Gov. Rick Perry hosted a group of top national Republican fundraiser Tuesday in Austin, leaving at least one of the 20 or so big-money bundlers in attendance convinced that he’s going to jump into the presidential race.
“If I had to bet my own money on it, I sure would bet that this man is coming into it and coming into it big time and serious,” a top Republican fundraisers who attended the dinner told The Washington Times. “They gave you every indication, wink and nod that they are going to go.”
Mark Miner, the governor’s spokesperson, told The Times that the meeting was one of many that are happening as the governor contemplates a potential run.
“It’s part of the decision-making process,” he said.
Mr. Perry has flirted with a White House run for months, and political insiders predict he’s probing to see whether he can raise the money needed to compete in the primary season and in a general election against President Obama, who recently raised $86 million for his 2012 campaign.
In the meantime, Perry’s stock has risen among many potential GOP primary voters, despite the fact that other candidates in the Republican field have been campaigning for weeks, if not months. A recent realclearpolittics.com average of polls shows the Texas governor running in third place behind Minnesota Rep. Michele Bachmann and former Massachusetts Gov. Mitt Romney.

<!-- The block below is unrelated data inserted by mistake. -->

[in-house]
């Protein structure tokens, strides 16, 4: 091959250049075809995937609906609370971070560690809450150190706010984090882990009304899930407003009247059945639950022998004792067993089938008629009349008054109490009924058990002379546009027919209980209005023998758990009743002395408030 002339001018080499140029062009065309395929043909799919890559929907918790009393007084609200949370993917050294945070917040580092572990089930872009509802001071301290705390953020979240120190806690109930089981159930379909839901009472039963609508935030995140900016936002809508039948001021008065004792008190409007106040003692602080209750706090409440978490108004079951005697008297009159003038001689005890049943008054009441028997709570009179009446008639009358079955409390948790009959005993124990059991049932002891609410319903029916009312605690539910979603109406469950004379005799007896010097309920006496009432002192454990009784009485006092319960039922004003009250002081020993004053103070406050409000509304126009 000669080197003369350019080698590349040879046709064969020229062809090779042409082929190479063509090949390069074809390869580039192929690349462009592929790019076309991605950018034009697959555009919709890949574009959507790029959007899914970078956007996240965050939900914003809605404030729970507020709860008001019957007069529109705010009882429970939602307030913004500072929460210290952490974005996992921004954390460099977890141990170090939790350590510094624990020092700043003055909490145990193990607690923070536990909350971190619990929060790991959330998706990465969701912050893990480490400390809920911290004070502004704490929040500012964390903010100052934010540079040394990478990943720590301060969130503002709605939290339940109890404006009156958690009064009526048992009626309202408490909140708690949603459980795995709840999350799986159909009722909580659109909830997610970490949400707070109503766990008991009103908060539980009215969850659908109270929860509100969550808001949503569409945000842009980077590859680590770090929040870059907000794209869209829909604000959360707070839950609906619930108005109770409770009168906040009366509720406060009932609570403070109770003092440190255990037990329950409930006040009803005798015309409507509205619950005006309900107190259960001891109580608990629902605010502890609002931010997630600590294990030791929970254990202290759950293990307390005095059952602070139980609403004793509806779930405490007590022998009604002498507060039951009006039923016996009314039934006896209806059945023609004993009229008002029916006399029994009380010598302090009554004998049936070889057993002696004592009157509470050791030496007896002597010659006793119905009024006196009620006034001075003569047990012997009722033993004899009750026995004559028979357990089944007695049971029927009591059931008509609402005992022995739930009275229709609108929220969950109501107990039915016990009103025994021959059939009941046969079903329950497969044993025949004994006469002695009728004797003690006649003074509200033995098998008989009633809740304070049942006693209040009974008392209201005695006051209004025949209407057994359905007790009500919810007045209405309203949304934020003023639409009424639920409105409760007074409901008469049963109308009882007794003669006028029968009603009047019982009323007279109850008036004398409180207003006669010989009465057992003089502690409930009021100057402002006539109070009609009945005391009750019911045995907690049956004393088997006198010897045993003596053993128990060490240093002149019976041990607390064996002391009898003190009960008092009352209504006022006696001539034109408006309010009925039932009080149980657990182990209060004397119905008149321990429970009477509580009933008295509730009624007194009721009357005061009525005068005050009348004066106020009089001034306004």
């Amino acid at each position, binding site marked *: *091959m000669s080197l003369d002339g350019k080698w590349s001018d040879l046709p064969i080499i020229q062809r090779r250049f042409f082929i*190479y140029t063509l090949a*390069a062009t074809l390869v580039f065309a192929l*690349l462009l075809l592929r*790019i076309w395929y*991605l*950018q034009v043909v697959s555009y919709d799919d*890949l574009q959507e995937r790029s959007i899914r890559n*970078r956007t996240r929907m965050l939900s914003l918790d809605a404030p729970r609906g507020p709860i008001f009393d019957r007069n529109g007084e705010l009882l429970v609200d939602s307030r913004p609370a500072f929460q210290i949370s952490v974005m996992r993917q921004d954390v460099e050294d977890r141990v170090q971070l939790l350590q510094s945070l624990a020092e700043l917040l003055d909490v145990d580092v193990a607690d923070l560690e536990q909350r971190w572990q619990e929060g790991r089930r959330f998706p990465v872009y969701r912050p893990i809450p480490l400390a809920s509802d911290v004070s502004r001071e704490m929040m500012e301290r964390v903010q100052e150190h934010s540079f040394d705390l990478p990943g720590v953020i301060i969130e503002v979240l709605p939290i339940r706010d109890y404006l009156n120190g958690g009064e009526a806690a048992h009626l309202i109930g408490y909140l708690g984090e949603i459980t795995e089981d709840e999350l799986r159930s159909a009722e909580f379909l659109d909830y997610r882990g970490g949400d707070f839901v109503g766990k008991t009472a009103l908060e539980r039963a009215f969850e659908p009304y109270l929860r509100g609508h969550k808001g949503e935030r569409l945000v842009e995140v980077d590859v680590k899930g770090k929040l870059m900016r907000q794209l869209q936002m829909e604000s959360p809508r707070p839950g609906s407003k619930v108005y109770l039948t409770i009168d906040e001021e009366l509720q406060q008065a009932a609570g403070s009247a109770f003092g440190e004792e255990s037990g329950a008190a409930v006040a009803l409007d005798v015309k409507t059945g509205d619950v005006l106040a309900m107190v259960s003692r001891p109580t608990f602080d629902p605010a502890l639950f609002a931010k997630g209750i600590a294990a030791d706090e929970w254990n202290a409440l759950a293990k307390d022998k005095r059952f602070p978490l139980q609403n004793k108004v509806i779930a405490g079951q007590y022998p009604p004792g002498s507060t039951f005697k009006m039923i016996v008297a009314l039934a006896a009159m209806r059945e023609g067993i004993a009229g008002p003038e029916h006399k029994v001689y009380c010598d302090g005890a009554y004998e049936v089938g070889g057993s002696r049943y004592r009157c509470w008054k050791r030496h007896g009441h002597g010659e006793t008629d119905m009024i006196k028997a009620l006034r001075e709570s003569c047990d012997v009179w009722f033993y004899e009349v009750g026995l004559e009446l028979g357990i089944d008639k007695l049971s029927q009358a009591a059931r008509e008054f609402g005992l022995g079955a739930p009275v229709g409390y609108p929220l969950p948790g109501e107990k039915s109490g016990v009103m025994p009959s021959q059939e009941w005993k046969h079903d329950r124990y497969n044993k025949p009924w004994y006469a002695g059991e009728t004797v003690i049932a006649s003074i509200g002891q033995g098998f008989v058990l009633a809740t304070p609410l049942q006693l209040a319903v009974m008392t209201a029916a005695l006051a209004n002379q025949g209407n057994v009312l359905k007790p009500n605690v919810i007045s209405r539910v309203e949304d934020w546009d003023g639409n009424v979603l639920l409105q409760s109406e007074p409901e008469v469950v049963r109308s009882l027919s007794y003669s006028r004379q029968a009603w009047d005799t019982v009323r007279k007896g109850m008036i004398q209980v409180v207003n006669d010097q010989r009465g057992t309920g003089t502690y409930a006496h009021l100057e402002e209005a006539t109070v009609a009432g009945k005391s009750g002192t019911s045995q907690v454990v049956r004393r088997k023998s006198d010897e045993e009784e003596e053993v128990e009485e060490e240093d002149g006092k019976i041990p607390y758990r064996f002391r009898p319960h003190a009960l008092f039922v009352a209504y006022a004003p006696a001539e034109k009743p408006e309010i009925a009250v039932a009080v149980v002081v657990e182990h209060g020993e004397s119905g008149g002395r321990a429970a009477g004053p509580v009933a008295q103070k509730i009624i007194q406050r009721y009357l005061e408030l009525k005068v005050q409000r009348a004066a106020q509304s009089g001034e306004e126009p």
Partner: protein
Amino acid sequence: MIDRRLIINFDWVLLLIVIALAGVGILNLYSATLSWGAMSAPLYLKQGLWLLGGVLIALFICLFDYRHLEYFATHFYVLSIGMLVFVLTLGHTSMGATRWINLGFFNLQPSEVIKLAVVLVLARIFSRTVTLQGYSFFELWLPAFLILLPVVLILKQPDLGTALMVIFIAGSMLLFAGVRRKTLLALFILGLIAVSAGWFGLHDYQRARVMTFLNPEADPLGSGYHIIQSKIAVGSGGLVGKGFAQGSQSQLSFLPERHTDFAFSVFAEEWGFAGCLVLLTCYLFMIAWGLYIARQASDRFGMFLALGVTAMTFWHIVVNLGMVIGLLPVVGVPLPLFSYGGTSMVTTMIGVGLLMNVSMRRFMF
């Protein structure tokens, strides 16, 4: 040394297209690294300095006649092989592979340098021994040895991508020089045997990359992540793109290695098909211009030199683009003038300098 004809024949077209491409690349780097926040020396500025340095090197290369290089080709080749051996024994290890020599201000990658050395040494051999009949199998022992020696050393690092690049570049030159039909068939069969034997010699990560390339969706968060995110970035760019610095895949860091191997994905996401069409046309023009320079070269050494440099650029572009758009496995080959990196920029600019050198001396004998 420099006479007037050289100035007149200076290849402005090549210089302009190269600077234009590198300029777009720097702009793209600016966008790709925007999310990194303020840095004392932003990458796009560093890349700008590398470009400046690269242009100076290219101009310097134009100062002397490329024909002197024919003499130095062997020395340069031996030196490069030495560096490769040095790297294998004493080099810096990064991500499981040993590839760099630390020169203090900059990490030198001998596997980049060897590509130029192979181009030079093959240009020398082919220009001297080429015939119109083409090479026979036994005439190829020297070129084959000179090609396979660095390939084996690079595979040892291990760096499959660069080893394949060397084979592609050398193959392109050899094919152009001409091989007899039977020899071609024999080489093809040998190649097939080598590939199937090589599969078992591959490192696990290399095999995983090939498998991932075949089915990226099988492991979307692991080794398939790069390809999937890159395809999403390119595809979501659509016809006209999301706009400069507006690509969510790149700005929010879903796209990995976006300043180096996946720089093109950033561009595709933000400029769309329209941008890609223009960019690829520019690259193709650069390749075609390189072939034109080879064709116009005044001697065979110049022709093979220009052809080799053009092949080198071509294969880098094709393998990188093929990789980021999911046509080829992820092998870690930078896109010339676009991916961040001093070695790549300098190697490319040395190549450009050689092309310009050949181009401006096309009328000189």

Republican insiders say the record of three-term governor, in many ways, seems tailor-made for the current mood of the Republican party. He’s watched over Texas while it has added more than a million jobs - thanks in large part to the state’s booming energy industry. He’s also made a habit of speaking extensively on the 10th Amendment and the limitations it places on the powers of the federal government over the states, stances that are likely to sit well with tea partyers.
Some of the fundraisers met with Perry’s senior team and joined others at a cocktail reception and dinner, where Perry, the longest serving governor in the Texas history, spoke to the group and fielded a few questions.
“Everybody came away somewhere between enthusiastic and fired up,” the fundraiser said. “He presents terribly well, is very good on his feet and has a message that resonates with Republicans from a standpoint of economic policy, which is what we talked about - we didn’t get into social issues to any degree at all.”
Asked whether he plans on putting his financial network behind Perry, the fundraiser said, that “of the field, he is the one who impresses me the most of having the force of personality to go toe-to-toe, and successfully so, against President Obama.”